Thank you so much to Brook Cottage Books for the opportunity to join the blog tour for Helena Fairfax’s new book!
Kate (Katerina) Hemingway’s husband, journalist Stuart, has been killed in Afghanistan. Through the devastation and heartbreak of his loss she has created a safe circle, consisting of herself, her young son George and her best friend Orla. Once a month, Stuart’s best friend Paul comes to take George on an outing. Paul is also a journalist, but as opposed to the warm, friendly Stuart, he is cool, detached and unemotional.
After her difficult youth, Kate is passionate about the charity organisation she works with: At Home, a loving and supportive space for at-risk teenage girls. Her enthusiasm for her cause leads her to let her guard down enough to cautiously approach Paul for his help in promoting At Home. To her surprise, he is willing to go out of his way to do whatever he can to help, and leads her to think that there is every possibility that the façade Paul presents to the world isn’t necessarily indicative of the person he truly is.
This is a gentle, sensitive novel about loss, trust, strength and most of all, love. Kate and Paul are both so damaged by the loss of Stuart that there will always be a permanent, gaping hole in their lives where he should have been. But they struggle through their difficulties to prove that there is a way to love again, even after such an overwhelming loss, and even when Kate is so reluctant to allow herself to love someone for fear that she will once again lose them – a pain that she cannot suffer again. They’re both so likeable, and I found myself silently cheering them on – especially Paul, as he goes out of his way to prove himself and his sincerity to Kate.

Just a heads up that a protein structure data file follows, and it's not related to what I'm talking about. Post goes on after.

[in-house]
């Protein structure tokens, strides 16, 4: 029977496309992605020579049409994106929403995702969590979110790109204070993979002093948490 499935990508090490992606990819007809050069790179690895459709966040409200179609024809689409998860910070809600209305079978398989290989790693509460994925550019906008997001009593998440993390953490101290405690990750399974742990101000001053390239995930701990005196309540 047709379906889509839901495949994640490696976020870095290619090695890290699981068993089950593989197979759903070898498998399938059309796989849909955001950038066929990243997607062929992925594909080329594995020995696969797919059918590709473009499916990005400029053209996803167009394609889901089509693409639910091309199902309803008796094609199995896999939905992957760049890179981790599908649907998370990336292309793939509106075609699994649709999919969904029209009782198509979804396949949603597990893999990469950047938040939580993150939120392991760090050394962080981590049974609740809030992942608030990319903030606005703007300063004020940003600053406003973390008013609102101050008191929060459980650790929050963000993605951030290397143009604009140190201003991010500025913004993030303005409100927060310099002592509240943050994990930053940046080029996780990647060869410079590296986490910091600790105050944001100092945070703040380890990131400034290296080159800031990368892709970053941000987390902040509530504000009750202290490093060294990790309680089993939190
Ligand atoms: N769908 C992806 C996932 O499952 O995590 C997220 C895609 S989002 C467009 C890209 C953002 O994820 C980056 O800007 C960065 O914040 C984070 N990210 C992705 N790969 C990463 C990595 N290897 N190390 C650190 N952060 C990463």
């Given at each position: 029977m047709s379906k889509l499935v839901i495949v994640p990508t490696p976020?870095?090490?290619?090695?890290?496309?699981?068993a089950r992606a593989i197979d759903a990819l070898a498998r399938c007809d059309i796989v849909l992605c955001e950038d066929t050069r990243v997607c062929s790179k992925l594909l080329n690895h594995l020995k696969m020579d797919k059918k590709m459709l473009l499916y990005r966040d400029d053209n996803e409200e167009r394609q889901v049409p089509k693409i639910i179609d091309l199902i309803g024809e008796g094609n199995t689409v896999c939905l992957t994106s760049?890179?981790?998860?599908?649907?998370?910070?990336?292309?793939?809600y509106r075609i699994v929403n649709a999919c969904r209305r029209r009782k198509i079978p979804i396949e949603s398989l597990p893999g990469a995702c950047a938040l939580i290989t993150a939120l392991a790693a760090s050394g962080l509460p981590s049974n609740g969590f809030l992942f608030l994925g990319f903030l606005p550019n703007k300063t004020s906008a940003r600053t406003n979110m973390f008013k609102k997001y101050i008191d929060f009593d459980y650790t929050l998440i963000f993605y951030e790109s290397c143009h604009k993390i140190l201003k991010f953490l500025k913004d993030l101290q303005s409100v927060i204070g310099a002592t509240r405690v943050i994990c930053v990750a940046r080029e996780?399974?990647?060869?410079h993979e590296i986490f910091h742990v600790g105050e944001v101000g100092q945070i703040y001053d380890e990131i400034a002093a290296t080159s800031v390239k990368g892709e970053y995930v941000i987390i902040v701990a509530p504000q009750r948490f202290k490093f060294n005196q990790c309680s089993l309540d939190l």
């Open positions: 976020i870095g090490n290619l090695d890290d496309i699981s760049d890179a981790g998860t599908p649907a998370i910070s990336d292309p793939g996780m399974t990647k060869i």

One of the loudest, clearest messages that this book conveys is that our own perceptions and assumptions about people can lead us to completely misunderstand others, which leads to an automatic misreading of situations that we may find ourselves in with them. Instead of always presuming that we know how another person feels and how they are going to respond to us, we would learn and understand so much more if we just listened to them with an open heart and mind in order to know who they really are.
The title of the book – a way from heart to heart – comes from the Afghan proverb, literally meaning that love finds a way into another’s heart. If it is meant to be, then love will find a way for it to be.
This is a truly warm and enjoyable book, best read cuddled up somewhere cosy with your favourite comforts: tea or coffee, and enough chocolates and biscuits to see you through until you’ve finished reading!
To win a signed copy of Helena’s book (UK only) or an e-copy of the book (international) click on this link: